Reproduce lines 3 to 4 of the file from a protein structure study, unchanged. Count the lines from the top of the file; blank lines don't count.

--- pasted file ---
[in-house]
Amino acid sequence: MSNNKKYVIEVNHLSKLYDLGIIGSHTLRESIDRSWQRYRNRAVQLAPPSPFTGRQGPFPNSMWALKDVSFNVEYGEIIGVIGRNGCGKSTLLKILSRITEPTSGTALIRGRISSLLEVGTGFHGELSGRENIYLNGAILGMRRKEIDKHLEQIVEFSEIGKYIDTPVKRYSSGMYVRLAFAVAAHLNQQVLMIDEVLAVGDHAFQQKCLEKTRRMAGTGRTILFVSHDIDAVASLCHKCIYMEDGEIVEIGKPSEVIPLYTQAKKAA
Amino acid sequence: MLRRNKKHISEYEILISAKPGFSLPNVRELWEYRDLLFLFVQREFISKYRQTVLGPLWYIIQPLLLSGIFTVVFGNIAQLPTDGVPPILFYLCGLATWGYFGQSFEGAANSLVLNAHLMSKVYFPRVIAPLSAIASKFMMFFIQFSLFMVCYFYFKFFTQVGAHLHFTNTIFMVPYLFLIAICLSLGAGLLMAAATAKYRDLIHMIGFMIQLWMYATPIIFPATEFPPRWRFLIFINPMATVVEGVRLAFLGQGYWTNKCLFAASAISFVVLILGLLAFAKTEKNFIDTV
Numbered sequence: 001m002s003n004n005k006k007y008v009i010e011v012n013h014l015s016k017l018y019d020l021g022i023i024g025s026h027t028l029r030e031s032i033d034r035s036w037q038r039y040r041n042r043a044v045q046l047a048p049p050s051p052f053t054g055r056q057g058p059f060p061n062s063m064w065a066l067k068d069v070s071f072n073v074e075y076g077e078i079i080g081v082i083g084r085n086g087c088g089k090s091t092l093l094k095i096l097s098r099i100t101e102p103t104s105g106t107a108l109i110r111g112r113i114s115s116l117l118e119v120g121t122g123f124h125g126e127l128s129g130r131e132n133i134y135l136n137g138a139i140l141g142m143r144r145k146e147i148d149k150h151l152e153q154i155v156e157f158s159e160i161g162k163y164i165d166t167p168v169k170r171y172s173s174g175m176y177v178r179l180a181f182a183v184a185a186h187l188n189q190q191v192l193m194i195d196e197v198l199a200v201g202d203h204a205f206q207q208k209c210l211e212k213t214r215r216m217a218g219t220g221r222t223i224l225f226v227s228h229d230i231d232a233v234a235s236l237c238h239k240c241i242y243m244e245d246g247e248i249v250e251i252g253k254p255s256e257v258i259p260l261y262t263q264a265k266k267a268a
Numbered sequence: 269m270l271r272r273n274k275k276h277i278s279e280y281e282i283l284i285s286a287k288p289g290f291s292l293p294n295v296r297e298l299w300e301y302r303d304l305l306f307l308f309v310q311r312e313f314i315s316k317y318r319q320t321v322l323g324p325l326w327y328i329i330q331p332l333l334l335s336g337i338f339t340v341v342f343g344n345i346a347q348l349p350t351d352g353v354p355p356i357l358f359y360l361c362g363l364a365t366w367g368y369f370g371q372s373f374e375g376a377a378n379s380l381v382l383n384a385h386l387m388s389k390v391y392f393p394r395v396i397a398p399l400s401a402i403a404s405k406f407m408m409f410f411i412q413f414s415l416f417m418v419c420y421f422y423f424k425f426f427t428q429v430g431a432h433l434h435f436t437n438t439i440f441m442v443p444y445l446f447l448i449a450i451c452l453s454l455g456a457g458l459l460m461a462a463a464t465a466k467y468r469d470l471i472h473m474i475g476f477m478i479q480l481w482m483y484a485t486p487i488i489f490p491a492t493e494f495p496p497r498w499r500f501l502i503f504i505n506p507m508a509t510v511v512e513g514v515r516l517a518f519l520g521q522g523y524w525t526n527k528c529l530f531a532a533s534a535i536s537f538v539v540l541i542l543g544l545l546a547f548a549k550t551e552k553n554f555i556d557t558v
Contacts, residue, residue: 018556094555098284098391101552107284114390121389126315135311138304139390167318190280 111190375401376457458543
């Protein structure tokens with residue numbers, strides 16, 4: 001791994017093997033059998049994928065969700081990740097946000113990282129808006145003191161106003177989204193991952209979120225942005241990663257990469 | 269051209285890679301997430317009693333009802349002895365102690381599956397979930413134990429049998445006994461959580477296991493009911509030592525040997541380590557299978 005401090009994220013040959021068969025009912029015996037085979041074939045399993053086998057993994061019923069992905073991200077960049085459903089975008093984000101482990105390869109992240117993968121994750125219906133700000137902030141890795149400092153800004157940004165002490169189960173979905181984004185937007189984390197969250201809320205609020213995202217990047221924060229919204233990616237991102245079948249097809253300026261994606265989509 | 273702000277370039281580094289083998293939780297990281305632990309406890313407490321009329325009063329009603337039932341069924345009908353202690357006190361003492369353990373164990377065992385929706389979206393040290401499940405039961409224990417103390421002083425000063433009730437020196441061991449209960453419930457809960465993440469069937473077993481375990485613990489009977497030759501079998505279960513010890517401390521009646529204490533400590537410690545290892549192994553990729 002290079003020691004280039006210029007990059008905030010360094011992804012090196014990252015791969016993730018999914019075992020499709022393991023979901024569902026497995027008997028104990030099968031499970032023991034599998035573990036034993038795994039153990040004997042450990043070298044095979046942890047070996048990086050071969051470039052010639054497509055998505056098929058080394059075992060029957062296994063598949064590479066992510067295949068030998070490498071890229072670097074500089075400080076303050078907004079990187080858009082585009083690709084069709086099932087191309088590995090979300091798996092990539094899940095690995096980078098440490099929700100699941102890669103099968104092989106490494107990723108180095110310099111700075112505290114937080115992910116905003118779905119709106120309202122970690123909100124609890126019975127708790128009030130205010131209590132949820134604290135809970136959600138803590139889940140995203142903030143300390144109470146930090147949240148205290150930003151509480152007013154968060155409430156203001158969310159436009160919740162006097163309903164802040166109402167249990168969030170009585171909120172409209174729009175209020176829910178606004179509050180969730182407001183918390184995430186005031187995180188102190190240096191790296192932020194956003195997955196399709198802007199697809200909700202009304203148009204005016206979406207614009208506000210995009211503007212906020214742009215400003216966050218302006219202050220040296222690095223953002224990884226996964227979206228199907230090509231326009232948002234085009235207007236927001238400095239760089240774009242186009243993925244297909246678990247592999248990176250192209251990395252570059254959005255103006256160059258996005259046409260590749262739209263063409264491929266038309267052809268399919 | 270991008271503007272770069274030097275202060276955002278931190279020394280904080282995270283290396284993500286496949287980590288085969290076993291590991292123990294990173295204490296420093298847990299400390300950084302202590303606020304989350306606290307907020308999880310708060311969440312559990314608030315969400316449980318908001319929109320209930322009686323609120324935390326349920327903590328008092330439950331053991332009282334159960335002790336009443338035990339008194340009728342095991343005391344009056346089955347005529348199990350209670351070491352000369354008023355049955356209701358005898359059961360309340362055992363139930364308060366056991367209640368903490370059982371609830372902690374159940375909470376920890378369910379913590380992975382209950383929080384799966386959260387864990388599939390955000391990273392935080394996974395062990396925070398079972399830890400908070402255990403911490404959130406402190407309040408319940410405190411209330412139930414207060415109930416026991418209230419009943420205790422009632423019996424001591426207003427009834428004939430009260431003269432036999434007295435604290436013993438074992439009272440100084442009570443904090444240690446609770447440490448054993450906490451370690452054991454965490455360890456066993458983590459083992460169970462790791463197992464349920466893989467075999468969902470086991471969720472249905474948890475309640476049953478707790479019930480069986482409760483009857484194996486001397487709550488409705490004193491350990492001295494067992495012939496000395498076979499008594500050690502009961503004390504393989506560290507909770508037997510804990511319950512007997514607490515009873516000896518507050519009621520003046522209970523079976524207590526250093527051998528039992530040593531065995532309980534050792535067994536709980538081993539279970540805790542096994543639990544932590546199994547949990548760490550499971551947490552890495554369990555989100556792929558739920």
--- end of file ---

Amino acid sequence: MLRRNKKHISEYEILISAKPGFSLPNVRELWEYRDLLFLFVQREFISKYRQTVLGPLWYIIQPLLLSGIFTVVFGNIAQLPTDGVPPILFYLCGLATWGYFGQSFEGAANSLVLNAHLMSKVYFPRVIAPLSAIASKFMMFFIQFSLFMVCYFYFKFFTQVGAHLHFTNTIFMVPYLFLIAICLSLGAGLLMAAATAKYRDLIHMIGFMIQLWMYATPIIFPATEFPPRWRFLIFINPMATVVEGVRLAFLGQGYWTNKCLFAASAISFVVLILGLLAFAKTEKNFIDTV
Numbered sequence: 001m002s003n004n005k006k007y008v009i010e011v012n013h014l015s016k017l018y019d020l021g022i023i024g025s026h027t028l029r030e031s032i033d034r035s036w037q038r039y040r041n042r043a044v045q046l047a048p049p050s051p052f053t054g055r056q057g058p059f060p061n062s063m064w065a066l067k068d069v070s071f072n073v074e075y076g077e078i079i080g081v082i083g084r085n086g087c088g089k090s091t092l093l094k095i096l097s098r099i100t101e102p103t104s105g106t107a108l109i110r111g112r113i114s115s116l117l118e119v120g121t122g123f124h125g126e127l128s129g130r131e132n133i134y135l136n137g138a139i140l141g142m143r144r145k146e147i148d149k150h151l152e153q154i155v156e157f158s159e160i161g162k163y164i165d166t167p168v169k170r171y172s173s174g175m176y177v178r179l180a181f182a183v184a185a186h187l188n189q190q191v192l193m194i195d196e197v198l199a200v201g202d203h204a205f206q207q208k209c210l211e212k213t214r215r216m217a218g219t220g221r222t223i224l225f226v227s228h229d230i231d232a233v234a235s236l237c238h239k240c241i242y243m244e245d246g247e248i249v250e251i252g253k254p255s256e257v258i259p260l261y262t263q264a265k266k267a268a